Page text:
Banks are tightening their criteria for lending money to borrowers. Official figures show that they are shunning those with lower deposits in favour of people who have more money to put down initially.
Mortgages to people with a 10% deposit has fallen for the third consecutive quarter up to the end of March, according to stats from the Bank of England.
Only 2.9% of mortgages approved during this period went to people who were borrowing 90% of their homes value. Lending volumes were also extremely lower for those with only a 5% deposit.
Banks and building societies have been showing a stronger preference for borrowers with bigger equity stakes in their property. 68% of all mortgages in the first quarter are going to people borrowing less than 75% of their homes value.
There has also been a drop in the number of mortgages advanced to single people looking to borrow more than 4 times their annual income. Only 9.1% went to these single people compared to 11.6% a year ago.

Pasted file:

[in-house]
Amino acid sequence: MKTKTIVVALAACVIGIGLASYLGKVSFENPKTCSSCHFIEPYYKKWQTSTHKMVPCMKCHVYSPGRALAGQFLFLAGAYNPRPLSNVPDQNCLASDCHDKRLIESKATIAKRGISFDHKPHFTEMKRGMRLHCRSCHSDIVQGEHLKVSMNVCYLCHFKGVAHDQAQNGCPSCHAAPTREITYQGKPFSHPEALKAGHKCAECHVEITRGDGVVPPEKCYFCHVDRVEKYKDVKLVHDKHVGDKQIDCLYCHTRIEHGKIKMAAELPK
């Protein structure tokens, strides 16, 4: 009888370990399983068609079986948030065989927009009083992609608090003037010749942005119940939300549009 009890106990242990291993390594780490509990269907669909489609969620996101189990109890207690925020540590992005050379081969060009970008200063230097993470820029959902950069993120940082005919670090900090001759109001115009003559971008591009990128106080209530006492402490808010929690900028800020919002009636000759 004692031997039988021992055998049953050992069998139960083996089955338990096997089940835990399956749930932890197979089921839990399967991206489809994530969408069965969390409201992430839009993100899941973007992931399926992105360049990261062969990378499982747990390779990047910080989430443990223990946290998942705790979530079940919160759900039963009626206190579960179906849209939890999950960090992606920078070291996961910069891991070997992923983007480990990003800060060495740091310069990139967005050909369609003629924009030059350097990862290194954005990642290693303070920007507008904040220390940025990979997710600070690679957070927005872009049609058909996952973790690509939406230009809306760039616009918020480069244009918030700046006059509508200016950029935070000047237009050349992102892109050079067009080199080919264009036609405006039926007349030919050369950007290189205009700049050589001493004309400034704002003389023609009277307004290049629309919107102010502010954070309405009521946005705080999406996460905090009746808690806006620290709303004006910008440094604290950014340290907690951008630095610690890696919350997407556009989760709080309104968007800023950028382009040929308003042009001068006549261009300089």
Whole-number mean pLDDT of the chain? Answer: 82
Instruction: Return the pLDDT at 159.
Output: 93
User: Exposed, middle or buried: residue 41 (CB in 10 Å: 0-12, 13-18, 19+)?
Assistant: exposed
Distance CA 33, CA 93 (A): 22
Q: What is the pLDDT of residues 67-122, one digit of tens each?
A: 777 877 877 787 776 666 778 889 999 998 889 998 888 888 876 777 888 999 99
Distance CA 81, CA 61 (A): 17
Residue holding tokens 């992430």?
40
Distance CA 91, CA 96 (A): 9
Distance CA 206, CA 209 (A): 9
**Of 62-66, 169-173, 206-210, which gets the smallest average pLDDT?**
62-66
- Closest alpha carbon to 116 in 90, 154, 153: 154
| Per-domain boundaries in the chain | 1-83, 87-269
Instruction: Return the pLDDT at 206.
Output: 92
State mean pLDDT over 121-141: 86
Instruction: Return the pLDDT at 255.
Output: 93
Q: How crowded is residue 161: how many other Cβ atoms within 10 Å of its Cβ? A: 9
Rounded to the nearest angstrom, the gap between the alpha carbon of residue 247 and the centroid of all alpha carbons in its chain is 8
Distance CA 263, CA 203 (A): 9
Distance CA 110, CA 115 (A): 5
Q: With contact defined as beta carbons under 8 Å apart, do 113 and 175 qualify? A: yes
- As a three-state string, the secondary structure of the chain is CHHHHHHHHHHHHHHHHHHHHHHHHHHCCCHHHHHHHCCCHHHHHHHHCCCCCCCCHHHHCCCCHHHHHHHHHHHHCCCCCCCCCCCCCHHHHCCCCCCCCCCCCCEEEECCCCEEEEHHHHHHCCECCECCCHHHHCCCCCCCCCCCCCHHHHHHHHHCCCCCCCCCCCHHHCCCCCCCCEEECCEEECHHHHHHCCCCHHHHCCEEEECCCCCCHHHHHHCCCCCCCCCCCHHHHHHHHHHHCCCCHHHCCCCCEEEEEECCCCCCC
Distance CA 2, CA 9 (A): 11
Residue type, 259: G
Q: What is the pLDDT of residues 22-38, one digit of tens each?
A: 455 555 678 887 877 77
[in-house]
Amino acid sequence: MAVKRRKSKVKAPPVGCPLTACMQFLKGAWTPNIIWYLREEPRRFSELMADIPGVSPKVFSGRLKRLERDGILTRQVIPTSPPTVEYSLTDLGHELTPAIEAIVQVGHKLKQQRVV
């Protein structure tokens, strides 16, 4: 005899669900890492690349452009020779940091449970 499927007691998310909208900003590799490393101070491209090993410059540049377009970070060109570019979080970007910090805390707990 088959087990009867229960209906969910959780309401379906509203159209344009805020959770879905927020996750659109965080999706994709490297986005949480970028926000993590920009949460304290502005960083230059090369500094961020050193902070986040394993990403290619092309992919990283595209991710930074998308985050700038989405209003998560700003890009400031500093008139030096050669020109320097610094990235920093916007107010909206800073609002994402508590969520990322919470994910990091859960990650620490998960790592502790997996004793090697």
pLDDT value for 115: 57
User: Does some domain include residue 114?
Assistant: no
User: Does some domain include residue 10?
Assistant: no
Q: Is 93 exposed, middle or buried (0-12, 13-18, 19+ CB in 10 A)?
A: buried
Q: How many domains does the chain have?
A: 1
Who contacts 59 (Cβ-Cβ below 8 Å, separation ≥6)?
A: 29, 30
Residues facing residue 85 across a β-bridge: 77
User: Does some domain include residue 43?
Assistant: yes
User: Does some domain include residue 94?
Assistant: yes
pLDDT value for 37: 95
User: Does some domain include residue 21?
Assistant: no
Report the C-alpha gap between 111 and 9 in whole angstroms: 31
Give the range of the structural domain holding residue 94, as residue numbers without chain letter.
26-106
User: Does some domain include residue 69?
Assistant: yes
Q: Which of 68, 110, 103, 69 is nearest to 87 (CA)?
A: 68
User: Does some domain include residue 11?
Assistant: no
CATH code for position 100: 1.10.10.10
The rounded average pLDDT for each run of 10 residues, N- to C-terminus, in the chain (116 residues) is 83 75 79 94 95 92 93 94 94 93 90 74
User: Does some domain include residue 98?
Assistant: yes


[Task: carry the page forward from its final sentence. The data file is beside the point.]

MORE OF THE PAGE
The tightening in lending is likely to be related to the introduction of the Mortgage Market Review, in April last year. Lenders are more careful and will evaluate whether the borrower can realistically pay the money back over the agreed term.
The main point to make is that for the moment interest rates are lower and seem to be quite stable, the average rate paid by new borrowers fell by 25 basis points to stand at 3%. These lower interest rates have also helped a great deal to drive a further drop in arrears and house repossessions during the first quarter.